We cannot close the chapter on African geysers without mentioning the Analavory geysers. It is near Lake Itasy on the island continent of Madagascar. The Cold Geysers of Madagascar are distinct African rift geysers; they have no direct link with geothermal and are termed cold-water geysers. There are four unusual geysers almost twelve kilometers northeast of the town of Analavory.
Surprisingly, there is no volcanic activity observed underneath Analavory that superheats underground water and forces it up as steam. The warm water gushing out from the mouth of these limestone mounds is not hot. The unusual cold geysers are situated in an area near some aragonite mines. The Analavory geysers aren’t natural at all, as excess water from the mines is removed by metal pipes that terminate at the bank of the Mazy River.
The cold geyser water is rich with carbonic acid, which can easily dissolve large amounts of lime along the way. Moreover, warm water goes through iron pipelines, and carbonic acid dissolves iron as well. The carbon dioxide-rich water rushes along the pipe under pressure, and it emerges at the end of the pipeline. The abrupt decrease in pressure causes the dissolved carbon dioxide gas to erupt in bubbles, fabricating a geyser like a phenomenon.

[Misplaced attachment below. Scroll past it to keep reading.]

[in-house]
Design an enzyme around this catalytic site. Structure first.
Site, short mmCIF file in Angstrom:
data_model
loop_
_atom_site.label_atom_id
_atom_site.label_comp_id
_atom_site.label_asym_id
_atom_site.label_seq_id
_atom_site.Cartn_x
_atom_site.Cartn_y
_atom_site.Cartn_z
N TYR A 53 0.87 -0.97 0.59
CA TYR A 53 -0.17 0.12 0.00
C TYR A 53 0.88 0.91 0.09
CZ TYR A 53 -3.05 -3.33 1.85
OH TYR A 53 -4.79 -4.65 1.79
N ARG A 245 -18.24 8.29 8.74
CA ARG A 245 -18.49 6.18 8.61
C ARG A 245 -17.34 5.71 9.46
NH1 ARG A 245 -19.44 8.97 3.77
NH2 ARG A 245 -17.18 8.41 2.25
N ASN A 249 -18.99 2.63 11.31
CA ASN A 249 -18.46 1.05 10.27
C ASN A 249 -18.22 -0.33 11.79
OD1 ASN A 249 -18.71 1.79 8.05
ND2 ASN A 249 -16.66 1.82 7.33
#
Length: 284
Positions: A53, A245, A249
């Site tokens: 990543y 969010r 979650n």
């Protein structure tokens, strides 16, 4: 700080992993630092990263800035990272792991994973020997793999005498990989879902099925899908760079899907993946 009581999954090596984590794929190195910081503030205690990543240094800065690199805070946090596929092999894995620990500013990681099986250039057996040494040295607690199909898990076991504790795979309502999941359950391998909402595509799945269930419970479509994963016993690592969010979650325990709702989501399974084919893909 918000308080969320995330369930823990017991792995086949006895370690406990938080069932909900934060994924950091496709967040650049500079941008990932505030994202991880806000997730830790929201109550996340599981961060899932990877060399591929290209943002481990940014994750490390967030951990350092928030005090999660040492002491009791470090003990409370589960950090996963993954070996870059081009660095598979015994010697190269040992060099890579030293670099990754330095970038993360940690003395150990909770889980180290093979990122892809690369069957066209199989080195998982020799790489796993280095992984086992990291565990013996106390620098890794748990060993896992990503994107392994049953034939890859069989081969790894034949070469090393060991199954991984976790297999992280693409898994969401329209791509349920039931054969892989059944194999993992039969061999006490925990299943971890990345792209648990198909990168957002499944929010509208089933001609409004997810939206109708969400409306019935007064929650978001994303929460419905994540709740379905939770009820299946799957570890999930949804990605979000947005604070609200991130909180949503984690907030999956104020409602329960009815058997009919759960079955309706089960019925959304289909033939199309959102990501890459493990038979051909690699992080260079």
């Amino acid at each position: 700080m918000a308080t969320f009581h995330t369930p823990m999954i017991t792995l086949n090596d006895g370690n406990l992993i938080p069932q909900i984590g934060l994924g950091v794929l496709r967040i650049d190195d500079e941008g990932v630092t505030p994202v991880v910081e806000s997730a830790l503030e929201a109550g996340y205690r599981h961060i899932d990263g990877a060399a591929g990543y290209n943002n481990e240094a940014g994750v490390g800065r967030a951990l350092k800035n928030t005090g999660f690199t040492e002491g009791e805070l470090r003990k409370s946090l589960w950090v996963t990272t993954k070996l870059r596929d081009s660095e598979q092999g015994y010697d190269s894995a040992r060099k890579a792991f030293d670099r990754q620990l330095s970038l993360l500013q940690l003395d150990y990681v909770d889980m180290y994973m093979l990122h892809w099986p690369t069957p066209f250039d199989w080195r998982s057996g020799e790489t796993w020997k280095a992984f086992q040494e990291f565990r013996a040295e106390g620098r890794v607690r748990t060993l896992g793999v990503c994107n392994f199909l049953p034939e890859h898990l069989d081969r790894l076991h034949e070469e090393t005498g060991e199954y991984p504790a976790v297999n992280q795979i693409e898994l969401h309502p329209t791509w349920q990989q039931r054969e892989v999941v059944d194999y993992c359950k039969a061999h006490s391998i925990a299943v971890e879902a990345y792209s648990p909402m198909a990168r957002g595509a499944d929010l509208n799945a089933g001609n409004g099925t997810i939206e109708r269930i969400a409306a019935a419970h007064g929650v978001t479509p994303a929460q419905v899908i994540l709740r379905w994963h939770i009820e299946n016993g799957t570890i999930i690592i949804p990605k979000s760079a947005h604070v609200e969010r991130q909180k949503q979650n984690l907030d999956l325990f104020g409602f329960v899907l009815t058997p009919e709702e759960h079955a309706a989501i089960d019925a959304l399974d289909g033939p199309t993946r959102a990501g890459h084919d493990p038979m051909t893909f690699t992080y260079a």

This is akin to opening an aggravated bottle of soda. But over time, the dissolved lime and iron precipitate into big mounds of travertine, a type of limestone, around the mouth of the outlet. The rusty orange color comes from the iron. The mounds are more than 4 meters high and will continue to grow.
Most of the time, the carbonated water spouts 20–30 cm, but occasionally, when the vents are blocked by the precipitated lime, the obvious buildup of pressure produces a spouting to numerous meters once uncovered. Cold geysers such as those at Analavory are often called cold water geysers, and there are only a handful of naturally cold water geysers on earth. The best-recognized examples are Crystal Geyser in Utah, the Wallender Born and Andernach Geyser in Germany, and one in Slovakia, Herany.
A geyser very akin in appearance to Analavory Geyser is the Fly Geyser in Nevada, which is an artificial geyser. Before becoming a tourist place, this lovely site was used by the Malagasy who came to perform ancestral rites. The “Fanasinana” in the hope of having children, recuperating health after any disease, or getting a solution to their daily problems. At that time, the “mpimasy”, the traditional healers, were the only masters of the place.